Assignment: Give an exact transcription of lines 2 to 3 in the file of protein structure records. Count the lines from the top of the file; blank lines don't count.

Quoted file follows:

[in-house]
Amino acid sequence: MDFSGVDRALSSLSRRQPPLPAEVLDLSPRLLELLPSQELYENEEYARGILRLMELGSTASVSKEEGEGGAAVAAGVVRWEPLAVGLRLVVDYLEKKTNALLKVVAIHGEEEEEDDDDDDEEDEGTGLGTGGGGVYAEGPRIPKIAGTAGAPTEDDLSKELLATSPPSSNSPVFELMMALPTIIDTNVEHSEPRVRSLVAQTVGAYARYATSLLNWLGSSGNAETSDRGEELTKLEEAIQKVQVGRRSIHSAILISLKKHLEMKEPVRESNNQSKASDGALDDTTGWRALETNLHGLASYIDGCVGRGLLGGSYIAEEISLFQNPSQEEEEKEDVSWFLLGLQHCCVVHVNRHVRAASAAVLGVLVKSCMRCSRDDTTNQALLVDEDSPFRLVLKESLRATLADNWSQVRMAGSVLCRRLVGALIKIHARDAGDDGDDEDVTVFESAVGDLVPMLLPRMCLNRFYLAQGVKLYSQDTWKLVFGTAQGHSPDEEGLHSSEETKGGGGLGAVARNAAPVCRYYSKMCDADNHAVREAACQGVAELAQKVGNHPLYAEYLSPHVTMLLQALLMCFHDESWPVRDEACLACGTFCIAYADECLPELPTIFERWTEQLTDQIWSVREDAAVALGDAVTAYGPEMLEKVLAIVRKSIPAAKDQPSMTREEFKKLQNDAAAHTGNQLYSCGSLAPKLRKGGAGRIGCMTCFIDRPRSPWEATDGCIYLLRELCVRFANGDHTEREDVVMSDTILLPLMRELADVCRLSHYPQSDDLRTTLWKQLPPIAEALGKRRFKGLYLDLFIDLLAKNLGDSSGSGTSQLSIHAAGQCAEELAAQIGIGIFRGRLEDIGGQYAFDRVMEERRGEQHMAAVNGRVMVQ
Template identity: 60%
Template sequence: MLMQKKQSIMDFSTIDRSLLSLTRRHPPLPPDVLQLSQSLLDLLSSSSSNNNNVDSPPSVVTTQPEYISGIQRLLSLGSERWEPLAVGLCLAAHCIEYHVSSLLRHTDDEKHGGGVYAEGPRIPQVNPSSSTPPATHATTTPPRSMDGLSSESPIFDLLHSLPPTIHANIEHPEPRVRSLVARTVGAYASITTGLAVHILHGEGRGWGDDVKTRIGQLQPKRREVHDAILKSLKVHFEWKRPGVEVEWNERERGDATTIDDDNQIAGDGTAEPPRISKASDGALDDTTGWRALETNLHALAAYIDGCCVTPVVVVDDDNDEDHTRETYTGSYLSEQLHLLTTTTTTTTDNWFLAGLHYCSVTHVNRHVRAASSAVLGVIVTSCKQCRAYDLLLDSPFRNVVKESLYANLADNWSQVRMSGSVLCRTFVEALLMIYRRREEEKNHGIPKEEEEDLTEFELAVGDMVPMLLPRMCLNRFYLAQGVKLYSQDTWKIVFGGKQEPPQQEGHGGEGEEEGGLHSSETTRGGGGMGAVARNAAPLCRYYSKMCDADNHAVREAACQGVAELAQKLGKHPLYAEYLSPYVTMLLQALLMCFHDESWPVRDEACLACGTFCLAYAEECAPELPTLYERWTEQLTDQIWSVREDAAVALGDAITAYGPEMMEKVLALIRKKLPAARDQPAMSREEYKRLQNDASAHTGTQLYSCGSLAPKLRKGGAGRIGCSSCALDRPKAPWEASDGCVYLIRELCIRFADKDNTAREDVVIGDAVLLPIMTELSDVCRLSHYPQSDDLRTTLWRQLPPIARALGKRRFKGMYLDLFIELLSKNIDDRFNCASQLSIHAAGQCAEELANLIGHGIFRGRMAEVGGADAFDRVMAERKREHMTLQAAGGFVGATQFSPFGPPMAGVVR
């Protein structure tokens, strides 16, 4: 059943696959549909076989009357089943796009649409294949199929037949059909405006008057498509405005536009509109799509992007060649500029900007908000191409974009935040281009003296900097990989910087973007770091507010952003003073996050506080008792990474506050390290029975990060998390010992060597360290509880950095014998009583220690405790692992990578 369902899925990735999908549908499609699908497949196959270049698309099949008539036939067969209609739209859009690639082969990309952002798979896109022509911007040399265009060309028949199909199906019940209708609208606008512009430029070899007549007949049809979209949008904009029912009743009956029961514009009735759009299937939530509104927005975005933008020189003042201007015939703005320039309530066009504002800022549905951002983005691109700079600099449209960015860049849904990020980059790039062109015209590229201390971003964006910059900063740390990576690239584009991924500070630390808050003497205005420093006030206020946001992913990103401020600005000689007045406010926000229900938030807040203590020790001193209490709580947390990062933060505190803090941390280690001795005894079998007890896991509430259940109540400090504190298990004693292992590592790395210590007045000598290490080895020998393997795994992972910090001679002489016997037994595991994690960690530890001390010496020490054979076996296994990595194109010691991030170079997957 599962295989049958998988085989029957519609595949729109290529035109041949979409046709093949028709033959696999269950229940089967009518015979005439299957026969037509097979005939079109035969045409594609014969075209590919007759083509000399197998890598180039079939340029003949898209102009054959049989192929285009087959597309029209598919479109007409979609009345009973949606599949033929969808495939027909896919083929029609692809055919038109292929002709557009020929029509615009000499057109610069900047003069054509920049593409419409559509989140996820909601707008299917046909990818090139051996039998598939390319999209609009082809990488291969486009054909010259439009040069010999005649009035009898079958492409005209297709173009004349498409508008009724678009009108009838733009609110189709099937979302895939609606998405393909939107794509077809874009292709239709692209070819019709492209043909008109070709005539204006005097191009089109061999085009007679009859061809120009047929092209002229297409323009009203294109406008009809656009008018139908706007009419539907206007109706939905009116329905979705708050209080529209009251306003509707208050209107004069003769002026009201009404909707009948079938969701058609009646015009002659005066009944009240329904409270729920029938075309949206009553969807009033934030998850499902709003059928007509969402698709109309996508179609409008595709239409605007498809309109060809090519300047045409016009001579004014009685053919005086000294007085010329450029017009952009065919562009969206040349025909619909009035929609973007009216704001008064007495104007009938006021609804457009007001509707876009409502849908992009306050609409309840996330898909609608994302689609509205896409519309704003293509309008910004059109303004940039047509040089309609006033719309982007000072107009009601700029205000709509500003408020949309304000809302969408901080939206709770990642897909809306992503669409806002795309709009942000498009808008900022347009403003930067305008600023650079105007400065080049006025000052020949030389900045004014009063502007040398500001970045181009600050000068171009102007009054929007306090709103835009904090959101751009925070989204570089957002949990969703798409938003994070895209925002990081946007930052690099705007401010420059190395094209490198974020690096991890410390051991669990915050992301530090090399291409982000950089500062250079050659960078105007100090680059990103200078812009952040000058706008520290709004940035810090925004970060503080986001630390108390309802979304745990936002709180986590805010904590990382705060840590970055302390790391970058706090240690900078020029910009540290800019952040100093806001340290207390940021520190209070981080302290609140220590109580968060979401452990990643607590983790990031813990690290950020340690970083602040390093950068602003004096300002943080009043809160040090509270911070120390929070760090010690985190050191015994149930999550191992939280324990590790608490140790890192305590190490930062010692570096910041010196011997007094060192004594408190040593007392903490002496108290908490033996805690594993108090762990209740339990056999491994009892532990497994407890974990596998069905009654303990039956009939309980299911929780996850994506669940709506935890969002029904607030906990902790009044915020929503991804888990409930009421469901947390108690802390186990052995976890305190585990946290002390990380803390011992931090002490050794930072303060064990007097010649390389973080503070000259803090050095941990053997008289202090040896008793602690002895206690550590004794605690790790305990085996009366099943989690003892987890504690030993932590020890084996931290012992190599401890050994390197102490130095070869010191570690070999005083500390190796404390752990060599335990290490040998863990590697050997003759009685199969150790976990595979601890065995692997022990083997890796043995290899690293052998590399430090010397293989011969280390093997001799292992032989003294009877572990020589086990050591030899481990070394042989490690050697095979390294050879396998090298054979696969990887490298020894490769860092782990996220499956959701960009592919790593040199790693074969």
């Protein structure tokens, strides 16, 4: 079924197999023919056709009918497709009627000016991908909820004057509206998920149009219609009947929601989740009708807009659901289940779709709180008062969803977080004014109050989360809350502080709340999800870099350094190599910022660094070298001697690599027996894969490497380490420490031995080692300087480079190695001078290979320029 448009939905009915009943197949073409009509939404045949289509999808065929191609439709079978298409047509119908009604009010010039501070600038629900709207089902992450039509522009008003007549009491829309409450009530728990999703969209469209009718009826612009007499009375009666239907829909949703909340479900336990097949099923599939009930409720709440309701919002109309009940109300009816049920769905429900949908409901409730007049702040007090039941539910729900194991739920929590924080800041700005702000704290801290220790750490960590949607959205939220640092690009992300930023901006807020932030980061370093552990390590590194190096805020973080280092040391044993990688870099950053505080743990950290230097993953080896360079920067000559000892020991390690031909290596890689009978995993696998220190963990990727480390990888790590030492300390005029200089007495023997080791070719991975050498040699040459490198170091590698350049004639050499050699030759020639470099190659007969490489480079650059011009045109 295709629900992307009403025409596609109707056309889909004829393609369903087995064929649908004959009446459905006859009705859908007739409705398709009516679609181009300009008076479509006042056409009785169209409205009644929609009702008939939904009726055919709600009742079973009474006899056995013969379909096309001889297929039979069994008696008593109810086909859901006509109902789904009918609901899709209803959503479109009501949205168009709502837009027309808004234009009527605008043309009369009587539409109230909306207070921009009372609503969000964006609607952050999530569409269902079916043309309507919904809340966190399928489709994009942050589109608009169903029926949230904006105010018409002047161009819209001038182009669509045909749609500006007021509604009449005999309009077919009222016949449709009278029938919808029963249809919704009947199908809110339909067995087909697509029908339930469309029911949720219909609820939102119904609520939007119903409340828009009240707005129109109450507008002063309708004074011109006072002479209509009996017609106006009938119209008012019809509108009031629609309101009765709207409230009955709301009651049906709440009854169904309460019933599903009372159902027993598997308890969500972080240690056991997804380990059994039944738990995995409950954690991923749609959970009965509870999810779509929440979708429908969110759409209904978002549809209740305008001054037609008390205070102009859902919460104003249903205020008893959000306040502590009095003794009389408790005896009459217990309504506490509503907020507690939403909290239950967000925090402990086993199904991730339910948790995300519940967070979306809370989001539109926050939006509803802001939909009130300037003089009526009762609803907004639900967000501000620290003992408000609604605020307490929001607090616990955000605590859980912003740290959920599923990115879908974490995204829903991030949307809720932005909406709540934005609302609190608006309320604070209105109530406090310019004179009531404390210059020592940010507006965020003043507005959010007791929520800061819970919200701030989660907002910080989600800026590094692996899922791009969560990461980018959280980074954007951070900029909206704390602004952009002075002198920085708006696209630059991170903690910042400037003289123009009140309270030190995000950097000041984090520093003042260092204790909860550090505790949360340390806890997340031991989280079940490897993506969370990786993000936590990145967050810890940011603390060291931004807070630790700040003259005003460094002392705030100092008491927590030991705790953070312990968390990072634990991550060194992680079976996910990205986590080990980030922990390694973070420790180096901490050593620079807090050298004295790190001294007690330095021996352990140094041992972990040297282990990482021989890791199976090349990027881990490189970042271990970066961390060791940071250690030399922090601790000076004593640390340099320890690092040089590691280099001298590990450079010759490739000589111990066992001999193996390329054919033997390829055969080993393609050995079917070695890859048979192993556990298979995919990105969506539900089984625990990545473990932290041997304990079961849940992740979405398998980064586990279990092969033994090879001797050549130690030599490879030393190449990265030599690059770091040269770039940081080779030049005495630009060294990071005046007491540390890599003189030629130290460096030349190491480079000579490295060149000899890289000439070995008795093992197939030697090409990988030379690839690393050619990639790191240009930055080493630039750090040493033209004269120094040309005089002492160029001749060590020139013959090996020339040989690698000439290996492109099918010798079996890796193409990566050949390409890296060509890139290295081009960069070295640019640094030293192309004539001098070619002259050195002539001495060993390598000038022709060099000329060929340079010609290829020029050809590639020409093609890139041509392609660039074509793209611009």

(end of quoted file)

Amino acid sequence: MDFSGVDRALSSLSRRQPPLPAEVLDLSPRLLELLPSQELYENEEYARGILRLMELGSTASVSKEEGEGGAAVAAGVVRWEPLAVGLRLVVDYLEKKTNALLKVVAIHGEEEEEDDDDDDEEDEGTGLGTGGGGVYAEGPRIPKIAGTAGAPTEDDLSKELLATSPPSSNSPVFELMMALPTIIDTNVEHSEPRVRSLVAQTVGAYARYATSLLNWLGSSGNAETSDRGEELTKLEEAIQKVQVGRRSIHSAILISLKKHLEMKEPVRESNNQSKASDGALDDTTGWRALETNLHGLASYIDGCVGRGLLGGSYIAEEISLFQNPSQEEEEKEDVSWFLLGLQHCCVVHVNRHVRAASAAVLGVLVKSCMRCSRDDTTNQALLVDEDSPFRLVLKESLRATLADNWSQVRMAGSVLCRRLVGALIKIHARDAGDDGDDEDVTVFESAVGDLVPMLLPRMCLNRFYLAQGVKLYSQDTWKLVFGTAQGHSPDEEGLHSSEETKGGGGLGAVARNAAPVCRYYSKMCDADNHAVREAACQGVAELAQKVGNHPLYAEYLSPHVTMLLQALLMCFHDESWPVRDEACLACGTFCIAYADECLPELPTIFERWTEQLTDQIWSVREDAAVALGDAVTAYGPEMLEKVLAIVRKSIPAAKDQPSMTREEFKKLQNDAAAHTGNQLYSCGSLAPKLRKGGAGRIGCMTCFIDRPRSPWEATDGCIYLLRELCVRFANGDHTEREDVVMSDTILLPLMRELADVCRLSHYPQSDDLRTTLWKQLPPIAEALGKRRFKGLYLDLFIDLLAKNLGDSSGSGTSQLSIHAAGQCAEELAAQIGIGIFRGRLEDIGGQYAFDRVMEERRGEQHMAAVNGRVMVQ
Template identity: 60%